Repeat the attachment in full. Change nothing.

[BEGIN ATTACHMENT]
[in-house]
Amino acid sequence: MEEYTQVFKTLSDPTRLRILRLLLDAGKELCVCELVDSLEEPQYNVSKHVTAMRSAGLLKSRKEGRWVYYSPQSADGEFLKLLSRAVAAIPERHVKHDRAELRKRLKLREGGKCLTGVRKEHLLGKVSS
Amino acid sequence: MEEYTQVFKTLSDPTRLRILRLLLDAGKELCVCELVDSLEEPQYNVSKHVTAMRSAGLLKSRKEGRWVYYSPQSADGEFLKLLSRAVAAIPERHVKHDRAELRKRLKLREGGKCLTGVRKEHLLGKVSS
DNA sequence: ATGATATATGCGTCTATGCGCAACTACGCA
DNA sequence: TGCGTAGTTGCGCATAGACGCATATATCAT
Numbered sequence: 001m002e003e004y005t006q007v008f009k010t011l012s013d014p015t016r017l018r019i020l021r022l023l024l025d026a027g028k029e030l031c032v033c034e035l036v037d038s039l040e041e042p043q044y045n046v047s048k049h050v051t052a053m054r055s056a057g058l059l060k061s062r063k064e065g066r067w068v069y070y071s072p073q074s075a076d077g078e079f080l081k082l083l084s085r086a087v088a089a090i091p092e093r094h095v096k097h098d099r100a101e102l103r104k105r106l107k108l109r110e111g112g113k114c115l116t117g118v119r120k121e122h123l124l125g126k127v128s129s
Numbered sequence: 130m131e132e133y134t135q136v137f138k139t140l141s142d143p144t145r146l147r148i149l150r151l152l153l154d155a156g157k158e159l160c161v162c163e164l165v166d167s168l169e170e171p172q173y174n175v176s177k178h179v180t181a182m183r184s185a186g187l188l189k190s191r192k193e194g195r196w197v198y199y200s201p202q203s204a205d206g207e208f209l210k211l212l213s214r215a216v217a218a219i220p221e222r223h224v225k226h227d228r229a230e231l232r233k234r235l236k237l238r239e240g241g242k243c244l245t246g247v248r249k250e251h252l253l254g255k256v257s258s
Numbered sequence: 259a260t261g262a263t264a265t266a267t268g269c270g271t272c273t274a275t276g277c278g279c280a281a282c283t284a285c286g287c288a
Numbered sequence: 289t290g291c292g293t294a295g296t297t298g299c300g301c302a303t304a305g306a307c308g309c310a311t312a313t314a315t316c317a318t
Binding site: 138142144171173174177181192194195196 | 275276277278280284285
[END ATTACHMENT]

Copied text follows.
[in-house]
Amino acid sequence: MEEYTQVFKTLSDPTRLRILRLLLDAGKELCVCELVDSLEEPQYNVSKHVTAMRSAGLLKSRKEGRWVYYSPQSADGEFLKLLSRAVAAIPERHVKHDRAELRKRLKLREGGKCLTGVRKEHLLGKVSS
Amino acid sequence: MEEYTQVFKTLSDPTRLRILRLLLDAGKELCVCELVDSLEEPQYNVSKHVTAMRSAGLLKSRKEGRWVYYSPQSADGEFLKLLSRAVAAIPERHVKHDRAELRKRLKLREGGKCLTGVRKEHLLGKVSS
DNA sequence: ATGATATATGCGTCTATGCGCAACTACGCA
DNA sequence: TGCGTAGTTGCGCATAGACGCATATATCAT
Numbered sequence: 001m002e003e004y005t006q007v008f009k010t011l012s013d014p015t016r017l018r019i020l021r022l023l024l025d026a027g028k029e030l031c032v033c034e035l036v037d038s039l040e041e042p043q044y045n046v047s048k049h050v051t052a053m054r055s056a057g058l059l060k061s062r063k064e065g066r067w068v069y070y071s072p073q074s075a076d077g078e079f080l081k082l083l084s085r086a087v088a089a090i091p092e093r094h095v096k097h098d099r100a101e102l103r104k105r106l107k108l109r110e111g112g113k114c115l116t117g118v119r120k121e122h123l124l125g126k127v128s129s
Numbered sequence: 130m131e132e133y134t135q136v137f138k139t140l141s142d143p144t145r146l147r148i149l150r151l152l153l154d155a156g157k158e159l160c161v162c163e164l165v166d167s168l169e170e171p172q173y174n175v176s177k178h179v180t181a182m183r184s185a186g187l188l189k190s191r192k193e194g195r196w197v198y199y200s201p202q203s204a205d206g207e208f209l210k211l212l213s214r215a216v217a218a219i220p221e222r223h224v225k226h227d228r229a230e231l232r233k234r235l236k237l238r239e240g241g242k243c244l245t246g247v248r249k250e251h252l253l254g255k256v257s258s
Numbered sequence: 259a260t261g262a263t264a265t266a267t268g269c270g271t272c273t274a275t276g277c278g279c280a281a282c283t284a285c286g287c288a
Numbered sequence: 289t290g291c292g293t294a295g296t297t298g299c300g301c302a303t304a305g306a307c308g309c310a311t312a313t314a315t316c317a318t
Binding site: 138142144171173174177181192194195196 | 275276277278280284285